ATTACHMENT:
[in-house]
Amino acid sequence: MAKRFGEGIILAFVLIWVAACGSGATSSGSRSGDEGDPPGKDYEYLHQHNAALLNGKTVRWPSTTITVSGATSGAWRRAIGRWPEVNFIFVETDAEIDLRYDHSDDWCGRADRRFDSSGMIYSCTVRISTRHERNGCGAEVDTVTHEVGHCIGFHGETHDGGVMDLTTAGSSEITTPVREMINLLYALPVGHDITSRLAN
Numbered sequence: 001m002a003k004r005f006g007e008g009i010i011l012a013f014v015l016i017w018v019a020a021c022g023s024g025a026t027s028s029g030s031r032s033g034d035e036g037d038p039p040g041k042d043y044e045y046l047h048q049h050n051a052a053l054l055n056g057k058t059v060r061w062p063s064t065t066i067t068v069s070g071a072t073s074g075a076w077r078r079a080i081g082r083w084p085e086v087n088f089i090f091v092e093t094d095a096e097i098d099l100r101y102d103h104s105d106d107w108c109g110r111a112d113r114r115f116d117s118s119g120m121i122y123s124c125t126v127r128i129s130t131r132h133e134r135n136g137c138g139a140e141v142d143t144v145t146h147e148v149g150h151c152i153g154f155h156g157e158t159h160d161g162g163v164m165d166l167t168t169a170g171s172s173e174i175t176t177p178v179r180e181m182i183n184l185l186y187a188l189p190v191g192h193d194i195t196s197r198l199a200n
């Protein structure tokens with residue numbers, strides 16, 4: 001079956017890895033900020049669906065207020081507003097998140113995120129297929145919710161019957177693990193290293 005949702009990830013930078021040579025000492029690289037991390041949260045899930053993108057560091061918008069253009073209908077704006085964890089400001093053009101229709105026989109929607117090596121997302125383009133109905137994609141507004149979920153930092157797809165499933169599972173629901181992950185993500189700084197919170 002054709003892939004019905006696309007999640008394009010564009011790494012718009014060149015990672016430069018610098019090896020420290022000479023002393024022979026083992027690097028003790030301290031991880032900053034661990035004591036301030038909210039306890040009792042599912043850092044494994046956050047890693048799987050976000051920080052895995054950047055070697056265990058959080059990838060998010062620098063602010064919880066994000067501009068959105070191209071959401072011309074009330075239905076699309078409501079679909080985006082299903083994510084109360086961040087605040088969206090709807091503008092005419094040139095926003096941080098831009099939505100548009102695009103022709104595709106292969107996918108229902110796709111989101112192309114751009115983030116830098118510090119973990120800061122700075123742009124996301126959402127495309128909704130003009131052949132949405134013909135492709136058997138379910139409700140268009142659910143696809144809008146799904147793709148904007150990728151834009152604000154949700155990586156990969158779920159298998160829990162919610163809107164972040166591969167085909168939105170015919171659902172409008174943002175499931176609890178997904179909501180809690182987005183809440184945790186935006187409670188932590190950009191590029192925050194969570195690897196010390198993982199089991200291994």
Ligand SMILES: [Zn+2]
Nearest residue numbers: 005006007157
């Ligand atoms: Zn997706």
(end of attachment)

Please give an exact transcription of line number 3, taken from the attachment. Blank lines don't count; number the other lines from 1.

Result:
Numbered sequence: 001m002a003k004r005f006g007e008g009i010i011l012a013f014v015l016i017w018v019a020a021c022g023s024g025a026t027s028s029g030s031r032s033g034d035e036g037d038p039p040g041k042d043y044e045y046l047h048q049h050n051a052a053l054l055n056g057k058t059v060r061w062p063s064t065t066i067t068v069s070g071a072t073s074g075a076w077r078r079a080i081g082r083w084p085e086v087n088f089i090f091v092e093t094d095a096e097i098d099l100r101y102d103h104s105d106d107w108c109g110r111a112d113r114r115f116d117s118s119g120m121i122y123s124c125t126v127r128i129s130t131r132h133e134r135n136g137c138g139a140e141v142d143t144v145t146h147e148v149g150h151c152i153g154f155h156g157e158t159h160d161g162g163v164m165d166l167t168t169a170g171s172s173e174i175t176t177p178v179r180e181m182i183n184l185l186y187a188l189p190v191g192h193d194i195t196s197r198l199a200n